echo "0x02"                        > "${this}/bDeviceClass" # This means it is a communications device

# Device Version (this seems a bit high, but OK)
# This should be incremented each time there's a "breaking change" so that it's re-detected
# rather than cached (apparently)
echo "0x4000"                      > "${this}/bcdDevice"

# "The OS_Desc config must specify a valid OS Descriptor for correct driver selection"
#   See:

Once you have saved that file, you will need to make it executable, using the command: sudo chmod +x /opt/

Next, you need to create a service to run the script automatically. To do that, create a file called Implant.service at /lib/systemd/systems/Implant.service. I used the following command to do so:

sudo nano /lib/system/system/Implant.service

Paste the following script into the file, Implant.service.

[Unit] Description=Start libComposite 
[Service] Type=oneshot 

Save that file, and then enable the service using the following command:

sudo systemctl enable Implant.service

Now, you will need to reboot your implant.

Once the implant comes back up and you reconnect to it, issue the ifconfig command. You should now see two interfaces, usb0 and usb1.

For reasons that were discussed in the Jon Spriggs blog post linked previously, we configured two interfaces, but we are only really concerned about the usb1 interface, as it is the only interface that will work with a modern Windows host. The usb0 interface is for legacy systems, and, while you may never actually use it, we configured two just in case.

Currently, these interfaces do not have any configuration applied to them, so that is the next step.

Create a file in /etc/network/interfaces.d/ called usb0 and populate it with the following details. You can use the command sudo nano /etc/network/interfaces.d/usb0 to create the file.

allow-hotplug usb0
iface usb0 inet static

Save that file and repeat the process for usb1, by creating the file /etc/network/interfaces.d/usb1 and saving the following content to it.

allow-hotplug usb1
iface usb1 inet static

Having configured the interfaces, now you need to configure a DHCP service to issue an IP address to your target host. For this purpose, we are going to use dnsmasq, which you will need to install with the following command:

sudo apt install dnsmasq

After the successful installation of dnsmasq, you will then need to configure it by editing the dnsmasq configuration file located at /etc/dnsmasq.conf.

Using the following command, you can create the file and save the code below:

sudo nano /etc/dnsmasq.conf




The configuration you just set in the dnsmasq.conf file is pretty simple, but I will provide a high-level overview so that you are not flying blind.

The first three lines are simply setting interfaces within dnsmasq, but the really important stuff is the two dhcp-range lines where the DHCP scopes for each interface is configured and, in this case, we set the DHCP range to be a single IP address: 192.168.25X.3. This allows the target host to receive a single known IP address and that is it!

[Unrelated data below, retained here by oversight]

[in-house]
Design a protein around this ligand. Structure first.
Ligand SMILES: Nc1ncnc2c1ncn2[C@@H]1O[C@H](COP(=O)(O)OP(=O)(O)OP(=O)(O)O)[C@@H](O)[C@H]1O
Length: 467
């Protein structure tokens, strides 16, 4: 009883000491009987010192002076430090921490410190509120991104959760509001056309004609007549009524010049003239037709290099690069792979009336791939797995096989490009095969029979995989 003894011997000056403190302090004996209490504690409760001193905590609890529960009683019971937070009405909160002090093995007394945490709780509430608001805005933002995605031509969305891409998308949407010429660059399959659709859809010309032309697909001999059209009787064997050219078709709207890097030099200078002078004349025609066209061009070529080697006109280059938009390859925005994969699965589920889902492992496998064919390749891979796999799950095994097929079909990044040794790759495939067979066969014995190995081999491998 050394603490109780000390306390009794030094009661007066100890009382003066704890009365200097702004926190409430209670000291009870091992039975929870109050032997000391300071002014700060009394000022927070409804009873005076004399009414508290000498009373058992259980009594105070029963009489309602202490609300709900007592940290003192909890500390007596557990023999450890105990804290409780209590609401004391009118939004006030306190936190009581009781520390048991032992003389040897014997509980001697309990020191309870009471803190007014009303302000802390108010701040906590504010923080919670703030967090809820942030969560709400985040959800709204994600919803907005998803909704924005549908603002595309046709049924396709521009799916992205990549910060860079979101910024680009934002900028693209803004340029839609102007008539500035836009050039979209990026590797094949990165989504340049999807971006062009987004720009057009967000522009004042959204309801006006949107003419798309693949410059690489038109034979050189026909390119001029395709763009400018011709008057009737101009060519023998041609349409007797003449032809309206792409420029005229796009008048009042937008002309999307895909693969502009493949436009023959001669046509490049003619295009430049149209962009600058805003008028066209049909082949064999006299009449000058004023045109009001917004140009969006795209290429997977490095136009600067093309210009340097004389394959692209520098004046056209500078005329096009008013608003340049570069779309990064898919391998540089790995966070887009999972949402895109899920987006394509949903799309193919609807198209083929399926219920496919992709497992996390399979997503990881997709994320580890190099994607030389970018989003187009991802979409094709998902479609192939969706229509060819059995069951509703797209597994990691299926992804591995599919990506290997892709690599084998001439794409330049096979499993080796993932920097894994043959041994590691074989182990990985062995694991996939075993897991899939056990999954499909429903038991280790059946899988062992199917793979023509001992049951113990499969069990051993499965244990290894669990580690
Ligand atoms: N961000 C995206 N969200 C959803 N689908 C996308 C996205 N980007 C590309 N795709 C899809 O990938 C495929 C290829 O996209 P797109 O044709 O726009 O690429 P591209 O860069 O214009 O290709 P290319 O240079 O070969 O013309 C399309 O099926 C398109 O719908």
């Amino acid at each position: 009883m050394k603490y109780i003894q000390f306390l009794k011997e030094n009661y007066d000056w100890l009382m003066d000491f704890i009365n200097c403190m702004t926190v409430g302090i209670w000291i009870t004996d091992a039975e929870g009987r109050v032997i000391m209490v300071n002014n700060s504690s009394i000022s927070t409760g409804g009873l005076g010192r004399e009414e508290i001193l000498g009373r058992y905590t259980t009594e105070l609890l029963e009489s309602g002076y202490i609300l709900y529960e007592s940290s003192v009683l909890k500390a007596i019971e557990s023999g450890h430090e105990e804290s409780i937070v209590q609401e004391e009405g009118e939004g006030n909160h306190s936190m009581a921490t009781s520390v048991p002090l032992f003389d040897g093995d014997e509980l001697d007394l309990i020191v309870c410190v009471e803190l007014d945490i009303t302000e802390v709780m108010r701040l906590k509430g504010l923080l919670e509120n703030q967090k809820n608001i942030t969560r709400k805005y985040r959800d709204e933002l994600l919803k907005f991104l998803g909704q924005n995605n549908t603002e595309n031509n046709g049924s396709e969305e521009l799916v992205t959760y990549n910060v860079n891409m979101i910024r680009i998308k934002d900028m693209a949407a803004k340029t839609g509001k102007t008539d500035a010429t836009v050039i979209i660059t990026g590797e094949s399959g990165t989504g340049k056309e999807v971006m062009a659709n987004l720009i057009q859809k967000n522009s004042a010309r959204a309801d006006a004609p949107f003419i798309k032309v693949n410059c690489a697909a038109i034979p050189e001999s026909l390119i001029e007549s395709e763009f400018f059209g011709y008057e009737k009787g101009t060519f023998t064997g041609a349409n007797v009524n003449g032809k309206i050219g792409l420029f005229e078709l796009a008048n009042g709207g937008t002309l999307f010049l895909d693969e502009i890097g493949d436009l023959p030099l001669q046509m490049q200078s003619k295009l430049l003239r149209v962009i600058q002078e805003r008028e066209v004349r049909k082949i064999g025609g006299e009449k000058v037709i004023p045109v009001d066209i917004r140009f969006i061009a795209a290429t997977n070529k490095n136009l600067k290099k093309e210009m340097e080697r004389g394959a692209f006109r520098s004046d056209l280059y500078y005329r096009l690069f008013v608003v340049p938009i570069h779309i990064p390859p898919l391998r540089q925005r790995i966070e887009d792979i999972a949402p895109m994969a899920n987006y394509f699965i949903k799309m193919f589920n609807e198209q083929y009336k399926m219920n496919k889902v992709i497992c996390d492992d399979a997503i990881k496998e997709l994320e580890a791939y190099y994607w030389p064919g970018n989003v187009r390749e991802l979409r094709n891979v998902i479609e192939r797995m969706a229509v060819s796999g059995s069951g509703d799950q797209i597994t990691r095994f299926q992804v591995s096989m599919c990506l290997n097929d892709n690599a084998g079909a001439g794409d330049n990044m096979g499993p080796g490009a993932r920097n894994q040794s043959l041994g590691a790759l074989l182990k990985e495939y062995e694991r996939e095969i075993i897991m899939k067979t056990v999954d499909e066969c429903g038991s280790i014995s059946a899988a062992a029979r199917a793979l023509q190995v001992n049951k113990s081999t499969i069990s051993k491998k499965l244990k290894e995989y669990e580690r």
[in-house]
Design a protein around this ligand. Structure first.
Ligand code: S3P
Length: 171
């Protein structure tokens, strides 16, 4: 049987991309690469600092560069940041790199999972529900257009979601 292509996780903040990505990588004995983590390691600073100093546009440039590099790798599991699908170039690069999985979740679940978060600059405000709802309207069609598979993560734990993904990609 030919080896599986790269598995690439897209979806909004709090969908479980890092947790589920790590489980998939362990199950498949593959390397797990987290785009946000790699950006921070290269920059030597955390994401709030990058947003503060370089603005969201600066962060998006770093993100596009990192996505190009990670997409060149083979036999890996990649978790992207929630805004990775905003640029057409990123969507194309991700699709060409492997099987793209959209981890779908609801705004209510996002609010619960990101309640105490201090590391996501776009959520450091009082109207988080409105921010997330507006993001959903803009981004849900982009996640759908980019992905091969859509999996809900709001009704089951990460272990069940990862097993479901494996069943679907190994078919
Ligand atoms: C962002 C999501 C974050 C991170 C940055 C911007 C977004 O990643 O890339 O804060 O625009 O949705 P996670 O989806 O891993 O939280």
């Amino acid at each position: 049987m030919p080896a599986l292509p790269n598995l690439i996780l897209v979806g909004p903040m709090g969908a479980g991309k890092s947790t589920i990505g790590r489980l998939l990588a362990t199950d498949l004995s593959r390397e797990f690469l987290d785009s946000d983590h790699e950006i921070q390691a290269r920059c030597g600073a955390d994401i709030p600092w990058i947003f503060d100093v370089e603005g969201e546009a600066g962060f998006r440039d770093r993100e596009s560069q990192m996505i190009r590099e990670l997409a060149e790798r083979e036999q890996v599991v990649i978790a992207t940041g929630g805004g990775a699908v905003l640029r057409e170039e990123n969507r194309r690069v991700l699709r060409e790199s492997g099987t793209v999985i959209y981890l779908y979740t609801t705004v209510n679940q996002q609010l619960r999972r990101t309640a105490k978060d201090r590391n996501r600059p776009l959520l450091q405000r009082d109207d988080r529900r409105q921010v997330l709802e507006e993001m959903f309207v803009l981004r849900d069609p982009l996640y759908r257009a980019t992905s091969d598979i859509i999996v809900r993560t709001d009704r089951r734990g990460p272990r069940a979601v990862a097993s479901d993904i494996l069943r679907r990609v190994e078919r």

The last line effectively tells dnsmasq to not set a gateway/router when issuing an DHCP address. We need to do this so that you don’t interfere with the host’s routing… for now.

Next, you need to tell dnsmasq not to bind to the localhost. You can do this by uncommenting the last line of /etc/default/dnsmasq to say DNSMASQ_EXCEPT=”lo”and saving the file.

You can do this using the command sudo nano /etc/default/dnsmasq.

Now dnsmasq is configured, you need to create a shell script and a service to start dnsmasq AFTER the interfaces have come up, as the dnsmasq configuration requires those interfaces being up as a dependency for the configuration to be applied.

Create a script at /opt/ and insert the code below using the following command:

sudo nano /opt/

set -x
systemctl disable --now dnsmasq
mv /etc/init.d/dnsmasq /etc/init.d/dnsmasq.initd
sed -i -e "s/ sys-subsystem-net-devices-usb0.device sys-subsystem-net-devices-usb1.device/" -e "s~/etc/init.d/dnsmasq ~/etc/init.d/dnsmasq.initd ~g" /lib/systemd/system/dnsmasq.service

Save the file and make the script executable using the following command:

sudo chmod +x /opt/

Then, you need to create a unit file to start dnsmasq at the appropriate time by copying the code below into the file /lib/systemd/system/StartDNSMASQ.service and saving it using the following command:

sudo nano /lib/systemd/system/StartDNSMASQ.service

Description=Start DNSMasq

ExecStart=/bin/bash -c "/opt/"


Next, enable the newly created service using the following command:

sudo systemctl enable StartDNSMASQ.service

Now, reboot your implant.


Once your implant reboots, in a couple of minutes your host computer should register a new Ethernet device, which, in my case, is Ethernet 4 and is designated as a Remote NDIS Compatible Device. It should get the IP address if everything worked as expected.

Note: You may get a warning like this one below. I have not taken the time to figure out how to avoid this so, yeah. Sorry. It’s expected at this point.

Whew, if you made it this far, I am happy to tell you the hard part is over! Congratulations.

In part four of this blog series, we will pick up from here and finish integrating LoRa out of band communication to create the ultimate physical implant.

Stay tuned.




You can learn more straight from Tim himself in his Antisyphon Training courses:

Introduction to Cybersecurity in Space Systems (ICSS)

Introduction to Cybersecurity in Space Systems (ICSS): Hardware Edition